In Queen’s College, Owen studied mathematics and philosophy under Thomas Barlow, then fellow of the College, of which he was afterwards chosen Provost, when Owen was Vice-chancellor. He was made a bishop in 1676, and lived till after the revolution. Barlow was a Calvinist in theology, an Aristotelian in philosophy, and an Episcopalian in church government. He was a man of eminent talents, and as great a master of the learned languages, and of the works of the celebrated authors who have written in them, as any man of his age.
In Owen studied music, for recreation, under Dr. Thomas Wilson, a celebrated performer on the flute, who was in constant attendance for some years on Charles I. who used to Lean on his shoulder during the time he played. He was made Professor of Music in Oxford by Owen, when he was Vice-chancellor of the University. This shews that the men of that period were neither so destitute of taste, nor so morose and unsocial as they have been often represented. 
Moderate talents, assisted by diligent application, will frequently do more than genius of a much higher order, whose efforts are irregular and desultory. But when talents and laborious exertion are combined with the fervour of youth and the aids of learning, much may be expected as the result. Our young student pursued the various branches of education with incredible diligence; allowing himself, for several years, not more than four hours sleep in a night. It is impossible not to applaud the ardour which this application discovers. The more time a student can redeem from sleep, and other indulgences, the better. But it is not every constitution that is capable of such an expenditure; and many an individual, in struggling beyond his strength for the prize of literary renown, has succeeded at the expense of his life, or of the [[@Page:10]] irreparable injury of his future comfort. Owen himself declared afterwards, that he would gladly part with all the learning he had acquired in younger life, by sitting up late at study, if he could but recover the health he had lost by it.  He who prefers mercy to sacrifice, requires nothing in ordinary circumstances beyond what the human system is fairly capable of bearing.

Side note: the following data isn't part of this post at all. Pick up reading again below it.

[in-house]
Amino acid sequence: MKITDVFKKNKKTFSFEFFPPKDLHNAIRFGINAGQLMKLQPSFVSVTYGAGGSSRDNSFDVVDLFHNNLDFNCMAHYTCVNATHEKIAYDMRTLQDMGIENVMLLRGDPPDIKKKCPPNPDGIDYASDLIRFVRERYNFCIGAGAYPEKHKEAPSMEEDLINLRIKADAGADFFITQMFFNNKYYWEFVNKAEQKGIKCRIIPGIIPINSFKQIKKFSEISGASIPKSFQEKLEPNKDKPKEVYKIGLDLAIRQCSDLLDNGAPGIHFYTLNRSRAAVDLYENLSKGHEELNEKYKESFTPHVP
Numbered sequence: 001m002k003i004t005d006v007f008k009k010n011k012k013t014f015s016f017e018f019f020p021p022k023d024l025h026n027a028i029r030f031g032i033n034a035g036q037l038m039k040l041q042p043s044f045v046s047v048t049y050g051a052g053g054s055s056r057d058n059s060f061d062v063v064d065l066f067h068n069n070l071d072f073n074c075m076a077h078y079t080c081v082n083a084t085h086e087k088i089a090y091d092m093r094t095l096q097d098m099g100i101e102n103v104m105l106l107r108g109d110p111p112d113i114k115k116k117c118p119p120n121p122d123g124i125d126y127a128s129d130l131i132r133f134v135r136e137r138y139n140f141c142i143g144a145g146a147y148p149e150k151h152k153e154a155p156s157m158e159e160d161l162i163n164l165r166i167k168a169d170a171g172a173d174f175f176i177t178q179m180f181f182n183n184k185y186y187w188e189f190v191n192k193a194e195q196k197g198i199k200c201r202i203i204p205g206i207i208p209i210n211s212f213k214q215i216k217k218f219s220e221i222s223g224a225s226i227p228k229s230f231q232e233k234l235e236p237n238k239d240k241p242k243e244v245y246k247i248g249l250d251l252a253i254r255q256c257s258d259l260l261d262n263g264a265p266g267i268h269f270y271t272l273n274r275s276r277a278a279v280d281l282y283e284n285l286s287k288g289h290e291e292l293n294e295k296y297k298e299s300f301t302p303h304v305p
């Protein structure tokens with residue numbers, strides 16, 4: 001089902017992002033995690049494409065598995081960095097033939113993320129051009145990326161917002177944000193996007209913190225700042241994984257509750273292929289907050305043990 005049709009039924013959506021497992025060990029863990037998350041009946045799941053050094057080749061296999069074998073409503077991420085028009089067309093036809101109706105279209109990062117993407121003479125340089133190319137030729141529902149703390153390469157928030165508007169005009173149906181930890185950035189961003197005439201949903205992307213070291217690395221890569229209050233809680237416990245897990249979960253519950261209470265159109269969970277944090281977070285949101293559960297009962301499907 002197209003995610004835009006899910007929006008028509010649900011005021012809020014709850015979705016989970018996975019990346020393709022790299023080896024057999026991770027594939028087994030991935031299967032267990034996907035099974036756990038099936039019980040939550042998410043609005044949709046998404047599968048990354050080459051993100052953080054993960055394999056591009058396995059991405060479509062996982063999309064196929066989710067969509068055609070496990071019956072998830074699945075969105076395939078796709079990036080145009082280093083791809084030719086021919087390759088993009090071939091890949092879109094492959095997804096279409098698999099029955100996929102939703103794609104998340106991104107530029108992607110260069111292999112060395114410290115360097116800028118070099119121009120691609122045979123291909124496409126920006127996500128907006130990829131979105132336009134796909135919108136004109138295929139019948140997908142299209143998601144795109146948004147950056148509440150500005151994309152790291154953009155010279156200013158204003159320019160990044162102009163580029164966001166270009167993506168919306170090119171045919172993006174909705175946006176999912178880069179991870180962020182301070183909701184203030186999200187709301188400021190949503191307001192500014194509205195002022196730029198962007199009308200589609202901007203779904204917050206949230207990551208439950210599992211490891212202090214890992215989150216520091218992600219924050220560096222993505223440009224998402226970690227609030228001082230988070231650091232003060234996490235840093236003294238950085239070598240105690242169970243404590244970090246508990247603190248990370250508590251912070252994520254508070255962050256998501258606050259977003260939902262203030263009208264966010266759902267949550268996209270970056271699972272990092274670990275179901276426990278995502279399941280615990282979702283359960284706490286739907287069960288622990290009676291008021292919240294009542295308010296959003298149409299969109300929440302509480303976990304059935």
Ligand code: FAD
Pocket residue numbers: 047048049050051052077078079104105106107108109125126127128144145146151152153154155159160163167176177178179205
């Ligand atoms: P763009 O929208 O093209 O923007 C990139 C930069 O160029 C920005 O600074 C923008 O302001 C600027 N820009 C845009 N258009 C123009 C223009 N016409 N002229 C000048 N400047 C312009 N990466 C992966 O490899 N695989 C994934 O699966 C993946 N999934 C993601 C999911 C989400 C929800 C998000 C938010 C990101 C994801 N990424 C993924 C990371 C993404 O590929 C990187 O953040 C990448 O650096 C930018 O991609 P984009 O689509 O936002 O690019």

Owen appears to have been blessed with a sound and vigorous constitution. This, no doubt, enabled him to use greater freedoms than he durst otherwise have done; while to brace and strengthen it, he was not inattentive to those recreations which tend to counteract the pernicious effects of sedentary occupation. He was fond of violent and robust exertion, — such as leaping, throwing the bar, ringing, bells, &c. Such diversions may appear to some ridiculous, and unbecoming; but this arises from inconsideration. That kind and degree of exercise which are necessary for preserving the proper temperament of the human system, are not only lawful, but a part of the duty which we owe to ourselves. Such recreations are not to be compared with those fashionable levities, and amusements, which only tend to vitiate the moral and intellectual powers, and to enervate rather than strengthen, the constitution. It is much more gratifying to see the academic robes waving in the wind, than shining at the midnight dance, or adorning the front ranks of a theatre.